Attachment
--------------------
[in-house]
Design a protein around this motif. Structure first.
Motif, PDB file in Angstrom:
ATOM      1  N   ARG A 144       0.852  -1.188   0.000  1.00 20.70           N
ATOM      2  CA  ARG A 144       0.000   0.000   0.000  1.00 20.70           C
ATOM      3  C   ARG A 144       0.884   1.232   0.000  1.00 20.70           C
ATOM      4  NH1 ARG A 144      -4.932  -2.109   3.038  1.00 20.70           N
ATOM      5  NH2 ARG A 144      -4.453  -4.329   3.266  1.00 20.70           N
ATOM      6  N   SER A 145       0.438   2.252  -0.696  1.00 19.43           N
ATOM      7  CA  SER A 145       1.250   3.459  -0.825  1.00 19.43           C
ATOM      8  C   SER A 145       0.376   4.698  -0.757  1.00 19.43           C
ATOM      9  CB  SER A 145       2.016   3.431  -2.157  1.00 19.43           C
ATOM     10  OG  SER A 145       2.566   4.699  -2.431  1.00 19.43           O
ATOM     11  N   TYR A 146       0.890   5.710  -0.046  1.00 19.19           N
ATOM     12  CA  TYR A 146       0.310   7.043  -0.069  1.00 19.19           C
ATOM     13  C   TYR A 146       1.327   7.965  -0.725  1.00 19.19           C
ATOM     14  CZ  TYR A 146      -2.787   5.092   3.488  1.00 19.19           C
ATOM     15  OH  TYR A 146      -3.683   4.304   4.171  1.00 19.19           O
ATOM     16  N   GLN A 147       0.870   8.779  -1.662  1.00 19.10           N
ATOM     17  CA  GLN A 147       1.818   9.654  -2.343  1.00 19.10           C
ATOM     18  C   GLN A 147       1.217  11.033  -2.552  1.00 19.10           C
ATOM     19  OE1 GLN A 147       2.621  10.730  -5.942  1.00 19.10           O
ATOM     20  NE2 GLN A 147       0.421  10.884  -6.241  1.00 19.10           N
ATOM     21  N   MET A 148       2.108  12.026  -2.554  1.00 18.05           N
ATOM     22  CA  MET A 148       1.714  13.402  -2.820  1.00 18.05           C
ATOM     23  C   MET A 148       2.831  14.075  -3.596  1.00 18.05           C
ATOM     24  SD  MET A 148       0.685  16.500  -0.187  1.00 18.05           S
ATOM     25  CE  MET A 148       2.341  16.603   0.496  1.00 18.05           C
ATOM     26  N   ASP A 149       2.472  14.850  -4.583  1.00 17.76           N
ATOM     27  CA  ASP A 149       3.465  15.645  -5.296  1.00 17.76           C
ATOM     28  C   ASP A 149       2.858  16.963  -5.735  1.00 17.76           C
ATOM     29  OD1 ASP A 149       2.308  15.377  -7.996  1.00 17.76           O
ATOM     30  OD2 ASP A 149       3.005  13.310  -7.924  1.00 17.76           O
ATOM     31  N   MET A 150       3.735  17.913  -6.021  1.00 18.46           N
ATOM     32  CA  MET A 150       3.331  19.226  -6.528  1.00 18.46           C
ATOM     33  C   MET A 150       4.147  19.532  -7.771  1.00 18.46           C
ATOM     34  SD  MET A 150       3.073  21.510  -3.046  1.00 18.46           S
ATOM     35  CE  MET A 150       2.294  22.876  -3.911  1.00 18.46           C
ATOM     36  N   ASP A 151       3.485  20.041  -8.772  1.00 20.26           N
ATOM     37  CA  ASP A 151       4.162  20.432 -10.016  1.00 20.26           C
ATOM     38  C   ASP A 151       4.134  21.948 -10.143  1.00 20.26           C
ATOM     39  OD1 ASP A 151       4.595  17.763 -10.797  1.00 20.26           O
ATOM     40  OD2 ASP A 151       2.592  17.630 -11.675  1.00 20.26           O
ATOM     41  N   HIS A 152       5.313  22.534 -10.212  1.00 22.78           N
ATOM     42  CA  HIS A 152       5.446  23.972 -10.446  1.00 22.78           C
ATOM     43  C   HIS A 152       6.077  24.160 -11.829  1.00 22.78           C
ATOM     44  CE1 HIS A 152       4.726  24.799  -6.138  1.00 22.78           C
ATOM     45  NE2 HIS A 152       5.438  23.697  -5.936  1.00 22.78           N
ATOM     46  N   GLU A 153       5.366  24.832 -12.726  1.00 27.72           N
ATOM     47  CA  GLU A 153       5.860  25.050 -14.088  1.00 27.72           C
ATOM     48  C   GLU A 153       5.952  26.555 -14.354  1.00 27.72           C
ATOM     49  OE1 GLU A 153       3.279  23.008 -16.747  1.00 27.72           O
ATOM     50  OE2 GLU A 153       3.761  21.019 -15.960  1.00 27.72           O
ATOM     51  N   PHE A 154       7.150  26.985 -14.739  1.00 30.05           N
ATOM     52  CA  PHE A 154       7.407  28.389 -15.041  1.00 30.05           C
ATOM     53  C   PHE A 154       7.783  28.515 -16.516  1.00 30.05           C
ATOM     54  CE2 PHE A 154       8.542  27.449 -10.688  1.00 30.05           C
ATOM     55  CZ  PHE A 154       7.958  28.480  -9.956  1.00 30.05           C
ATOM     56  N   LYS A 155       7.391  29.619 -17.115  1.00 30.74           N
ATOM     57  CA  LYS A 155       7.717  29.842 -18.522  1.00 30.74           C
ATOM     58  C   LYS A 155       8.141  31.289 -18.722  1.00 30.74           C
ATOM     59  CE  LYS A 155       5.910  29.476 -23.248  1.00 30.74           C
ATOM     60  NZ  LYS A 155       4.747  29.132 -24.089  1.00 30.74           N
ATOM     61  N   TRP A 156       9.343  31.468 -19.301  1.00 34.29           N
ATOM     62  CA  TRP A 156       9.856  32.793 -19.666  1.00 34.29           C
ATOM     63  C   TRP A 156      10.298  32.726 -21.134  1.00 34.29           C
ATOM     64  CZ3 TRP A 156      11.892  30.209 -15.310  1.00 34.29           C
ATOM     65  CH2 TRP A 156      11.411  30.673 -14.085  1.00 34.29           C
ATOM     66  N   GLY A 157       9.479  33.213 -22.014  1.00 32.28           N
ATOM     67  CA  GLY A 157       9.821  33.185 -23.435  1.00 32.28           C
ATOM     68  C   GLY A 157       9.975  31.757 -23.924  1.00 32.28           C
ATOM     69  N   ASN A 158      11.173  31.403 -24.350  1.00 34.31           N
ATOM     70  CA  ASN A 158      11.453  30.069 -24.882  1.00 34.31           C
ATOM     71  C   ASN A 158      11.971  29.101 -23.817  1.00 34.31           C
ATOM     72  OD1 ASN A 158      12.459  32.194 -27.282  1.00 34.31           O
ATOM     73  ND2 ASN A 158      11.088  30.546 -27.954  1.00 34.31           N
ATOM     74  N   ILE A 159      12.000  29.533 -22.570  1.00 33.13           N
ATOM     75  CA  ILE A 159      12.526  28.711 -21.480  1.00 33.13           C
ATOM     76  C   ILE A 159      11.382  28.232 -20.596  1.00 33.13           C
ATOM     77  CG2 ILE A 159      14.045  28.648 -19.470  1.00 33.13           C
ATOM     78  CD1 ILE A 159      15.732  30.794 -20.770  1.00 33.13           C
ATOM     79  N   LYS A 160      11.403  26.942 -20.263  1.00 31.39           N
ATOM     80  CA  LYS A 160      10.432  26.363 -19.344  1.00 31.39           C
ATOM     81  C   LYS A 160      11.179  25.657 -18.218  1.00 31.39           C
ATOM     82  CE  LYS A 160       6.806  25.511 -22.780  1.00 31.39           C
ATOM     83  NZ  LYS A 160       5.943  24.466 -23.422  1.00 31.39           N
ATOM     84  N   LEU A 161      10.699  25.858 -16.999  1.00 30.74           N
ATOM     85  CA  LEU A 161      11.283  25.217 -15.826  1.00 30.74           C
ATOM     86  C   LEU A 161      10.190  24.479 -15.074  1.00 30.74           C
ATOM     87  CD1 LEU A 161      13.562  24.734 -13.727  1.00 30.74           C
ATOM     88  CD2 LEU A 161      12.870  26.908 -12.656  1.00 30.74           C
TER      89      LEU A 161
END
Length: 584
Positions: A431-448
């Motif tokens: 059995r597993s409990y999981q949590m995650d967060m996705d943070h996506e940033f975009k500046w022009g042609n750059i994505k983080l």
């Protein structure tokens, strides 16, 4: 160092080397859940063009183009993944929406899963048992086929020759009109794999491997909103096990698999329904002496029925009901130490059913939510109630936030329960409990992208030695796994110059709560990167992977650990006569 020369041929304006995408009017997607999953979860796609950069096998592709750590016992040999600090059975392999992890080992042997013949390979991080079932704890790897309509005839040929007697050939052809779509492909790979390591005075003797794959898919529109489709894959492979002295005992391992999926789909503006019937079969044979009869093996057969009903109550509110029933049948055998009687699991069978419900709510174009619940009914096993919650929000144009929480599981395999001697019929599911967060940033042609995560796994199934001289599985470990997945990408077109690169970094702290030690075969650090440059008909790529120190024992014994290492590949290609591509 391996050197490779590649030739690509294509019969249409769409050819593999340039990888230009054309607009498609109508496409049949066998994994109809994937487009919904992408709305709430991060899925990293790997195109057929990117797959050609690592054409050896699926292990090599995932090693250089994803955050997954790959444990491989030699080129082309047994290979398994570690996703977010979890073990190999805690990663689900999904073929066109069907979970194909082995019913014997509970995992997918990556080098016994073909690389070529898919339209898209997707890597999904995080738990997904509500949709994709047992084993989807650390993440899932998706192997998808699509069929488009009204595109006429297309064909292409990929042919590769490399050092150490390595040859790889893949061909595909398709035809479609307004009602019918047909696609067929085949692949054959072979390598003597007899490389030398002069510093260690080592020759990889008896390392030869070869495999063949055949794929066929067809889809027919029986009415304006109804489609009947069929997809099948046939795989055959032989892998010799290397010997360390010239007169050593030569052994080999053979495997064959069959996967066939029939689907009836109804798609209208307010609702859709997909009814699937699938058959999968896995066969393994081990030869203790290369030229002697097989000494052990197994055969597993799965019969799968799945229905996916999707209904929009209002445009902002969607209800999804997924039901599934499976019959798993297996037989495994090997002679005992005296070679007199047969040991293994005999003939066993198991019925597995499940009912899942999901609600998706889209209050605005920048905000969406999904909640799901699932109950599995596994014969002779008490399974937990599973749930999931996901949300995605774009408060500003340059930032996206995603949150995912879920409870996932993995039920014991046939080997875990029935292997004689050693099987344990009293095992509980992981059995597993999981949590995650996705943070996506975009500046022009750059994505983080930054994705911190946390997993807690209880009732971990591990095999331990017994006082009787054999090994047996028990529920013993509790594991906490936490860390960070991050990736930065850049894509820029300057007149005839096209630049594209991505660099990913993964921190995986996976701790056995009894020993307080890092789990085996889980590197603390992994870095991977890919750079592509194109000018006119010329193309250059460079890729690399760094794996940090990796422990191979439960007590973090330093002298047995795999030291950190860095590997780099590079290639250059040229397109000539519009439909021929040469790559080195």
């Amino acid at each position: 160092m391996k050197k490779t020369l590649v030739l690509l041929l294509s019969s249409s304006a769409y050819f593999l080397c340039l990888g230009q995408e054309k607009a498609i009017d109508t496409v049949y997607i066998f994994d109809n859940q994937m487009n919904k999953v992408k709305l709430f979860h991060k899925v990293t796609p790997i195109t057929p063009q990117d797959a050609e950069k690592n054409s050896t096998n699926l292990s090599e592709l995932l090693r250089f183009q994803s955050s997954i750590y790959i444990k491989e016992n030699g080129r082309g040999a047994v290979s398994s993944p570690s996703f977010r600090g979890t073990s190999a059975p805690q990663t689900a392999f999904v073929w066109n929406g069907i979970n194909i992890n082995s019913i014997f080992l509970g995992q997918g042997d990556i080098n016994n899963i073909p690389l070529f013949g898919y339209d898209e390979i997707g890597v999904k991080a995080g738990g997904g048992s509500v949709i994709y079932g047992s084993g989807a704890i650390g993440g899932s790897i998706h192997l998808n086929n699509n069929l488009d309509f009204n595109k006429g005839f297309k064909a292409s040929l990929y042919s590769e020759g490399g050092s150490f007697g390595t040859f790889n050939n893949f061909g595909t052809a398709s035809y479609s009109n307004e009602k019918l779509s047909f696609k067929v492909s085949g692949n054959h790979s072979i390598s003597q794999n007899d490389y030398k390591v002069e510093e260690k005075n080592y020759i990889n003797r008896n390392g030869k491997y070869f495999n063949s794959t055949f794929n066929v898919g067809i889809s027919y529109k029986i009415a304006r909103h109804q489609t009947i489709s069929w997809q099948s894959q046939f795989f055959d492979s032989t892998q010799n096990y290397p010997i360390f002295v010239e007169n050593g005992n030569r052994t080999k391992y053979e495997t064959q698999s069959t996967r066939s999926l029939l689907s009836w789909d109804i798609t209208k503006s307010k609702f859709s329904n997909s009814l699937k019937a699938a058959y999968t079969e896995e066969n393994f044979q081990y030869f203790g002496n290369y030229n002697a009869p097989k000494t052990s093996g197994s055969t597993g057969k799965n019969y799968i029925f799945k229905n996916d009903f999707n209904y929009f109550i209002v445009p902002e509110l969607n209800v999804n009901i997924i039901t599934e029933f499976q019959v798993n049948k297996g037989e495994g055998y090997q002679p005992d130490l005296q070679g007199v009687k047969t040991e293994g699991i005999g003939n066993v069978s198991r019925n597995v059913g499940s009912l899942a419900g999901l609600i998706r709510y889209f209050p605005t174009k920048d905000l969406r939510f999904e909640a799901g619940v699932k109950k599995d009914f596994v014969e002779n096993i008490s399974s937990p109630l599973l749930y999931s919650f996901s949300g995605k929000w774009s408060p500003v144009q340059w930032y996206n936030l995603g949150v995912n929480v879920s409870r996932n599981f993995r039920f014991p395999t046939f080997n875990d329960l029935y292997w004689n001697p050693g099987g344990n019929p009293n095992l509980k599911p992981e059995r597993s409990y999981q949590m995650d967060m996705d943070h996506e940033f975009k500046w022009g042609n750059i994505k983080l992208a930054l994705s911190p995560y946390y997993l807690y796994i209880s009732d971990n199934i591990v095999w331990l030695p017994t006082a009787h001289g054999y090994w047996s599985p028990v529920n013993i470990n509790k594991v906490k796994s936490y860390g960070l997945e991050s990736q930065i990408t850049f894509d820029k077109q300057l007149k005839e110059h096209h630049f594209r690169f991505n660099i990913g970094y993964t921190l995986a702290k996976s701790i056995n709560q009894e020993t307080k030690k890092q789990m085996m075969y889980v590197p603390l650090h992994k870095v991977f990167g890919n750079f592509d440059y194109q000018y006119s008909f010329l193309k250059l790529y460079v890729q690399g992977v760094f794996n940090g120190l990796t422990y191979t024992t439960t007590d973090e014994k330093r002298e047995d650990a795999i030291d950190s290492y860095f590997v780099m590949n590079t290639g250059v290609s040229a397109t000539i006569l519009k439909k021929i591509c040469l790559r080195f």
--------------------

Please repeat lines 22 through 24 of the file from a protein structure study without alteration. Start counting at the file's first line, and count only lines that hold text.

ATOM     19  OE1 GLN A 147       2.621  10.730  -5.942  1.00 19.10           O
ATOM     20  NE2 GLN A 147       0.421  10.884  -6.241  1.00 19.10           N
ATOM     21  N   MET A 148       2.108  12.026  -2.554  1.00 18.05           N